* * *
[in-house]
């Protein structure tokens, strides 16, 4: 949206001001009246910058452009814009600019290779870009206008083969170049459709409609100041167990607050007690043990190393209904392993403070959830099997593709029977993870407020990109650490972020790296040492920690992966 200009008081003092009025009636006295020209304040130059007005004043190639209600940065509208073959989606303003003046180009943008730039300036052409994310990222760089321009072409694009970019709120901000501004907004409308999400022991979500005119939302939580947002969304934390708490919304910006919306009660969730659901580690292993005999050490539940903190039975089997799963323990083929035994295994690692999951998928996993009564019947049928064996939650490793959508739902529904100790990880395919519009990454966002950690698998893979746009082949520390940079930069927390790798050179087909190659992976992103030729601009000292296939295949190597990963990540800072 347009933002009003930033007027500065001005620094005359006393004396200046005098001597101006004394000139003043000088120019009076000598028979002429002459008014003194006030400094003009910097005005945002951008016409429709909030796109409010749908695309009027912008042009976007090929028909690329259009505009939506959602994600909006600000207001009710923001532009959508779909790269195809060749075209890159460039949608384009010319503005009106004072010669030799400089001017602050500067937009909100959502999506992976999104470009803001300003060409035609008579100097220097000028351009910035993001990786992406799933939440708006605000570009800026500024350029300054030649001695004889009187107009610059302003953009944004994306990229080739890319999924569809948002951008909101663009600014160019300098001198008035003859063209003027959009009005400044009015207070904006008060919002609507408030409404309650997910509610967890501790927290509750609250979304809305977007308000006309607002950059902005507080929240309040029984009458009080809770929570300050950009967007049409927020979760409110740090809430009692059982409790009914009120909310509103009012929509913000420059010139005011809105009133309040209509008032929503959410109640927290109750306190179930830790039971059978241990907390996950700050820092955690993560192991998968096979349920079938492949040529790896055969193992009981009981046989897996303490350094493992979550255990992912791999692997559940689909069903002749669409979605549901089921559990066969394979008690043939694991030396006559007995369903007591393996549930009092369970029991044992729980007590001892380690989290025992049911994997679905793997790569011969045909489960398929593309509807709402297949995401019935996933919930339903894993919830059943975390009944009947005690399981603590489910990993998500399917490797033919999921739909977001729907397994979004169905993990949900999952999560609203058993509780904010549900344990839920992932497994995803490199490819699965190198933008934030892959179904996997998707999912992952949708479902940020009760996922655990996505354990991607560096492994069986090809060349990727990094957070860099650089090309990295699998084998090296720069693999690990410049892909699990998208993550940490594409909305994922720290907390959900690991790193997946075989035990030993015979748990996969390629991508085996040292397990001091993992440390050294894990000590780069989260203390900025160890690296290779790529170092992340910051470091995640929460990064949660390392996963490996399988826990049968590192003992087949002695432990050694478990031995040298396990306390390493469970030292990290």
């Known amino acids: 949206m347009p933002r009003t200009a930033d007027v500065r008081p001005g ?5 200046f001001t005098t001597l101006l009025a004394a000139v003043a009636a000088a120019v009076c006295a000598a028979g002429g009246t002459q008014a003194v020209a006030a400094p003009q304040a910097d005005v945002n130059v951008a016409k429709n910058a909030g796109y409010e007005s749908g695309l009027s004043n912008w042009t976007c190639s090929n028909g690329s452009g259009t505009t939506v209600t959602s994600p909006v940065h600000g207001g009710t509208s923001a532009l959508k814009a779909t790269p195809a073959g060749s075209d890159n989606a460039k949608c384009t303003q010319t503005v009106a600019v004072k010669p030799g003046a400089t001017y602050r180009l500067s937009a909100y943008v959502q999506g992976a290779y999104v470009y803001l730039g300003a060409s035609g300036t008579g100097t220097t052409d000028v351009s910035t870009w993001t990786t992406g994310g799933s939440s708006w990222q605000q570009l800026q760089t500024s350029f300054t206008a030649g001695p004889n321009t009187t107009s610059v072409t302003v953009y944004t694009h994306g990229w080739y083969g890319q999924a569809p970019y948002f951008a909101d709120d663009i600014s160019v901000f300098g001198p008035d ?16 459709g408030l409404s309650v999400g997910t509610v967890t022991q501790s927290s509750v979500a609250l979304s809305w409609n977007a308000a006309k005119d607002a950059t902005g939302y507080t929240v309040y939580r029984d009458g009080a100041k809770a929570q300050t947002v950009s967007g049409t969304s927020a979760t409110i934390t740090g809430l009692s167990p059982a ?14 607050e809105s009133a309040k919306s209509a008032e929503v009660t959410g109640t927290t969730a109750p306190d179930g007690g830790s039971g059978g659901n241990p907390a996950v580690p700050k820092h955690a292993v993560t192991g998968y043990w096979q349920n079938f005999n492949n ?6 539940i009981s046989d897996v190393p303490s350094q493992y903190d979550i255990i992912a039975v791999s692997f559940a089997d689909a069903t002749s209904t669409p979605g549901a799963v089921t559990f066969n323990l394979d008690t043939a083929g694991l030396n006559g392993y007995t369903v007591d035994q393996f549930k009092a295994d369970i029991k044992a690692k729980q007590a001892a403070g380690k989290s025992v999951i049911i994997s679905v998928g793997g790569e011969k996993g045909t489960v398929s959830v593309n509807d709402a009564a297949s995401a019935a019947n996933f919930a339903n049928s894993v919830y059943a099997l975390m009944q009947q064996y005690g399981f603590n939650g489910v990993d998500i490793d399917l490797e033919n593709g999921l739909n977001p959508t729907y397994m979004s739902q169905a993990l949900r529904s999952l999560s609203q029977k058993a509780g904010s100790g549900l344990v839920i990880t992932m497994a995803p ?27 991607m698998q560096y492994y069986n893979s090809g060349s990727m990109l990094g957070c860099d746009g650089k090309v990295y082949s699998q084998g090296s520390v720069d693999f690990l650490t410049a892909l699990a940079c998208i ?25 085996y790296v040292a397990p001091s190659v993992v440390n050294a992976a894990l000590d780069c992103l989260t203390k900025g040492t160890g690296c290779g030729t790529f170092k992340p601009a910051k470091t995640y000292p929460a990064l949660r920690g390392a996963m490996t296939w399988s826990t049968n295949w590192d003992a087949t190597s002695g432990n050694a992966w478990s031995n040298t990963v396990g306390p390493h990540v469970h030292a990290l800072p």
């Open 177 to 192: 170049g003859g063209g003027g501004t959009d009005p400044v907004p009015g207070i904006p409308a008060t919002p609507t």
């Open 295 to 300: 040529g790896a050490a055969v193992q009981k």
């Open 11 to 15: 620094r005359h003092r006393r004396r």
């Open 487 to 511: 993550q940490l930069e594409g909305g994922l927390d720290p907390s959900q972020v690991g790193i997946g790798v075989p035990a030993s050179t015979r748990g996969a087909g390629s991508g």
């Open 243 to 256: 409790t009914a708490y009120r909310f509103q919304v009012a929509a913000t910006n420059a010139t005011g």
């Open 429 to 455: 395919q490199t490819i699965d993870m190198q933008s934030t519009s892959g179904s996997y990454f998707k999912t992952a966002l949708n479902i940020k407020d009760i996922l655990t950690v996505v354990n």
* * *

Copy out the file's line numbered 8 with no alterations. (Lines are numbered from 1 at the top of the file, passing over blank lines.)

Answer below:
């Open 243 to 256: 409790t009914a708490y009120r909310f509103q919304v009012a929509a913000t910006n420059a010139t005011g």